Most devices today also are water-proof so they can be worn while bathing and showering.
Many services also come with a key “lock-box” so that you can keep your home locked and the emergency response team knows a combination to get a key if paramedics need to open your door to help you.
More advanced systems have monitors placed throughout the home to detect motion and learn daily patterns. If there are changes in gait or activity levels, these changes are communicated to family and friends for follow-up. Door sensors and GPS trackers are often also utilized for Alzheimer’s patients who may wander away from home and not be able to find their way back.
Purchasing the System
There are a wide variety of options out there for PERS contracts. Some make you purchase or lease the equipment, while others offer the equipment for free with a contract for a certain number of months’ service. Some also have installation fees. Most have a monthly service fee. Insurance typically does not cover the cost of PERS, but many states offer waivers through governmental Office of Aging centers that may help reimburse them for some of the costs.
Most are easy to install and come with simple instructions. They are often tested at the time you receive and install the device so that you can be certain it works.
Deciding on Which System is Right for You
For people who are in the home a lot, a classic system with a base station can work well. For those who go outside more often or leave home more often, a cell-phone based system or a wearable unit with more range and the ability to talk through the pendant would be more appropriate.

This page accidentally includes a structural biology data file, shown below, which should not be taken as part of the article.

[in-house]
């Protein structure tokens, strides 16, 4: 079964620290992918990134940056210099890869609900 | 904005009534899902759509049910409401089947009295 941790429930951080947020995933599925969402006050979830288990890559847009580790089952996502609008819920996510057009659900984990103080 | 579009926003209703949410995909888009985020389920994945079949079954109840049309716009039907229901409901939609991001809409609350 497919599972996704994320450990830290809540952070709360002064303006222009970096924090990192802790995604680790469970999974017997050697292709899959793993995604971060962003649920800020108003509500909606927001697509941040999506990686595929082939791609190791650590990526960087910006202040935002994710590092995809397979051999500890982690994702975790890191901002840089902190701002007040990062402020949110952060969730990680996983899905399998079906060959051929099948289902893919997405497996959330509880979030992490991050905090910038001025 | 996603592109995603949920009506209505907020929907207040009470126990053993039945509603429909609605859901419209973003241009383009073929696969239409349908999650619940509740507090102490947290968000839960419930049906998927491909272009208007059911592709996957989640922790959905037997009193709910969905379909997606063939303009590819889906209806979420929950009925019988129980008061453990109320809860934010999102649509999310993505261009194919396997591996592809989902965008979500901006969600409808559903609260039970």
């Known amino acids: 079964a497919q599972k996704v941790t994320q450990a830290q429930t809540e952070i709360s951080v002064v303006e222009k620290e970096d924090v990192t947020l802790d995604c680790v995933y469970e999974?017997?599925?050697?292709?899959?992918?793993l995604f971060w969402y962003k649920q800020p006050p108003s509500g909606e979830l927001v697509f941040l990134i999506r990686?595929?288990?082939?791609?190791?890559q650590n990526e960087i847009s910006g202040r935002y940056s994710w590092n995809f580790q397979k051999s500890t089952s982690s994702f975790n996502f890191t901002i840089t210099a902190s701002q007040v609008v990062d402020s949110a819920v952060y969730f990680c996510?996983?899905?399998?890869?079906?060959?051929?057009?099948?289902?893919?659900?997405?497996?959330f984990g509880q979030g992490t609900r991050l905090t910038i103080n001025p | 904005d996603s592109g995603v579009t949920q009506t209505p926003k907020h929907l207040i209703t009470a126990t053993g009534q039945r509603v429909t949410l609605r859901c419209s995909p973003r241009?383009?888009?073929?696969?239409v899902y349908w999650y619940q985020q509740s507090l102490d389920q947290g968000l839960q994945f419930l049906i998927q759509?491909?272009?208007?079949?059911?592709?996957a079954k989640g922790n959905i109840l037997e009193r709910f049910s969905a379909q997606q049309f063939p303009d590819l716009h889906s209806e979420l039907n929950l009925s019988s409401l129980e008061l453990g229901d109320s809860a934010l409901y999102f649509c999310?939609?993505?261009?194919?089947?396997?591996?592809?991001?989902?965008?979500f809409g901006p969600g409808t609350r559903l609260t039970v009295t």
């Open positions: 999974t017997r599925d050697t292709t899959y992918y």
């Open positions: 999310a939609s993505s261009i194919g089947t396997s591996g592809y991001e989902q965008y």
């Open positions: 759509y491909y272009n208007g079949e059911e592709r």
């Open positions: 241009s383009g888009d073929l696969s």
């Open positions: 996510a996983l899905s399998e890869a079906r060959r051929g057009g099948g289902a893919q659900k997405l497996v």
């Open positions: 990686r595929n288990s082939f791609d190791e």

You will want to be sure to understand the service contract and what can be expected in the event of an emergency. Some services offer many options for the types of help they will summon, and others will only notify an ambulance to be sent. It is important to understand what will happen before an emergency occurs. Also, make sure you understand the level of commitment you are making. For instance, can you quit at any time and get your money back or will the contract make you pay for a certain number of months even if it is no longer needed or wanted?
Checklist for Selecting a PERS
Check out several companies before deciding. Here is a good list of questions to consider when comparing options:
- What are all the costs – upfront installation, “sign-on” fees, monthly fee, equipment purchase or lease price?
- What are the terms of the contract and cancellation policy?
- What is the range of the device worn?
- Is the device water-resistant?
- Can the device be worn in different ways (on belt, as a necklace or bracelet?).
- Who mans the call center? Do they have any special qualifications?
- Is there technical support – how easy is it to access?
- Do they periodically test the service and equipment?
- What are the notification options? Can family members be notified in addition to others?
- Is there a free trial period to test the service?